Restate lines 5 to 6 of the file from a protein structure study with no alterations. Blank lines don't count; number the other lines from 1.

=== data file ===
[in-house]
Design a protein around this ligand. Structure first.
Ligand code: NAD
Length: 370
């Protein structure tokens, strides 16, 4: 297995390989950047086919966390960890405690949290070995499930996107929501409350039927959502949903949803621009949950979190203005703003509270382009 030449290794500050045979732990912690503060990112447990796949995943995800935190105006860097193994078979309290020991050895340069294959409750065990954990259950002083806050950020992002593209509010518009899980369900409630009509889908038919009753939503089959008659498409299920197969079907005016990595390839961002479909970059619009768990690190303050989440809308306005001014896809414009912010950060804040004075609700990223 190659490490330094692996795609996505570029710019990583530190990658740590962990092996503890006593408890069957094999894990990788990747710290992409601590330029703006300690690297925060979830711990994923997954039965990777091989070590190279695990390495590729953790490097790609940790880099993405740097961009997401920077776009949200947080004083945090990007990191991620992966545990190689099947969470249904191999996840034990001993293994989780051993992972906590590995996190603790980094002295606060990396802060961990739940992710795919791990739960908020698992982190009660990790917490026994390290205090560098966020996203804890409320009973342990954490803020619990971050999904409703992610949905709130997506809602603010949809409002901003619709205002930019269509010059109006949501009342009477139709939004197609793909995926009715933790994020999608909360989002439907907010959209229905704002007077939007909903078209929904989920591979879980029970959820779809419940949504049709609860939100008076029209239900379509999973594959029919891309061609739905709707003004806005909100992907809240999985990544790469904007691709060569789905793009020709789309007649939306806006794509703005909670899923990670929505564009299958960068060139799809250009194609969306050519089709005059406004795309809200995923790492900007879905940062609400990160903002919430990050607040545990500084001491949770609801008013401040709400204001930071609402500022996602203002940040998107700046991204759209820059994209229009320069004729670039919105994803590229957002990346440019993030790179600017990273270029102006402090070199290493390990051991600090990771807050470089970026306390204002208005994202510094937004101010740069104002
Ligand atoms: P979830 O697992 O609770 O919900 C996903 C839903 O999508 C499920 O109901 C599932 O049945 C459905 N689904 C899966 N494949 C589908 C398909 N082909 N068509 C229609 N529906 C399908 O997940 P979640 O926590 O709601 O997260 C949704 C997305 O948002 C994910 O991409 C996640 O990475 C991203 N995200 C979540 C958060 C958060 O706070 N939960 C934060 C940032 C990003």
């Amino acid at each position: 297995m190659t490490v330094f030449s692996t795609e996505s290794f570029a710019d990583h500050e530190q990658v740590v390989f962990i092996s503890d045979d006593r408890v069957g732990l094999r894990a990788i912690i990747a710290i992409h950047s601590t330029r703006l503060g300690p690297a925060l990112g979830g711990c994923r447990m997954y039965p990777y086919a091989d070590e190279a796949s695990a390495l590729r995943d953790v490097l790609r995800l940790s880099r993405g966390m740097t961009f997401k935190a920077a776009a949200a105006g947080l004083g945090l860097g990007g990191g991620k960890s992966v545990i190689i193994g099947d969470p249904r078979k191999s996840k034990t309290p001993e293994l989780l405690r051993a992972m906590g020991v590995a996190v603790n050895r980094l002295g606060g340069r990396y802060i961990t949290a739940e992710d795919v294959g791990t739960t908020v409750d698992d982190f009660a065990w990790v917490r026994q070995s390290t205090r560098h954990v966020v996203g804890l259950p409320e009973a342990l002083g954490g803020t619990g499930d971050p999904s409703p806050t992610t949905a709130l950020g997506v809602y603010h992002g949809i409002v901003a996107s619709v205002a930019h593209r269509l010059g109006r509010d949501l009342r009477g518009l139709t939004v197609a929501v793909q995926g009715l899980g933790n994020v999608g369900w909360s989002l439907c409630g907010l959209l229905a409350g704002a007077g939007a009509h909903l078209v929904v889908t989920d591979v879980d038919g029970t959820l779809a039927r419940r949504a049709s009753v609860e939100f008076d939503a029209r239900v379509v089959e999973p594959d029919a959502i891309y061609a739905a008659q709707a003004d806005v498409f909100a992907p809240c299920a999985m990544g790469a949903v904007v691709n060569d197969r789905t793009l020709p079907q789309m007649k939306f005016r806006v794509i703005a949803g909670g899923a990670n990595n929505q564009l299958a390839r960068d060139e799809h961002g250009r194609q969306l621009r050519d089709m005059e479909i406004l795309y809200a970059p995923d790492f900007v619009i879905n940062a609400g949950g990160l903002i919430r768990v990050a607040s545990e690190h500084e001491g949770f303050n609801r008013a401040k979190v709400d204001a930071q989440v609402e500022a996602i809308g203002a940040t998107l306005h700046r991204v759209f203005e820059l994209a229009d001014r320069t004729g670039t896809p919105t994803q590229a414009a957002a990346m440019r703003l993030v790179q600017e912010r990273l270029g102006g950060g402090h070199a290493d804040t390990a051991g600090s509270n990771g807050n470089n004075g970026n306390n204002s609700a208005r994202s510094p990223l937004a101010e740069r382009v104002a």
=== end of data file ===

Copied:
């Protein structure tokens, strides 16, 4: 297995390989950047086919966390960890405690949290070995499930996107929501409350039927959502949903949803621009949950979190203005703003509270382009 030449290794500050045979732990912690503060990112447990796949995943995800935190105006860097193994078979309290020991050895340069294959409750065990954990259950002083806050950020992002593209509010518009899980369900409630009509889908038919009753939503089959008659498409299920197969079907005016990595390839961002479909970059619009768990690190303050989440809308306005001014896809414009912010950060804040004075609700990223 190659490490330094692996795609996505570029710019990583530190990658740590962990092996503890006593408890069957094999894990990788990747710290992409601590330029703006300690690297925060979830711990994923997954039965990777091989070590190279695990390495590729953790490097790609940790880099993405740097961009997401920077776009949200947080004083945090990007990191991620992966545990190689099947969470249904191999996840034990001993293994989780051993992972906590590995996190603790980094002295606060990396802060961990739940992710795919791990739960908020698992982190009660990790917490026994390290205090560098966020996203804890409320009973342990954490803020619990971050999904409703992610949905709130997506809602603010949809409002901003619709205002930019269509010059109006949501009342009477139709939004197609793909995926009715933790994020999608909360989002439907907010959209229905704002007077939007909903078209929904989920591979879980029970959820779809419940949504049709609860939100008076029209239900379509999973594959029919891309061609739905709707003004806005909100992907809240999985990544790469904007691709060569789905793009020709789309007649939306806006794509703005909670899923990670929505564009299958960068060139799809250009194609969306050519089709005059406004795309809200995923790492900007879905940062609400990160903002919430990050607040545990500084001491949770609801008013401040709400204001930071609402500022996602203002940040998107700046991204759209820059994209229009320069004729670039919105994803590229957002990346440019993030790179600017990273270029102006402090070199290493390990051991600090990771807050470089970026306390204002208005994202510094937004101010740069104002
Ligand atoms: P979830 O697992 O609770 O919900 C996903 C839903 O999508 C499920 O109901 C599932 O049945 C459905 N689904 C899966 N494949 C589908 C398909 N082909 N068509 C229609 N529906 C399908 O997940 P979640 O926590 O709601 O997260 C949704 C997305 O948002 C994910 O991409 C996640 O990475 C991203 N995200 C979540 C958060 C958060 O706070 N939960 C934060 C940032 C990003």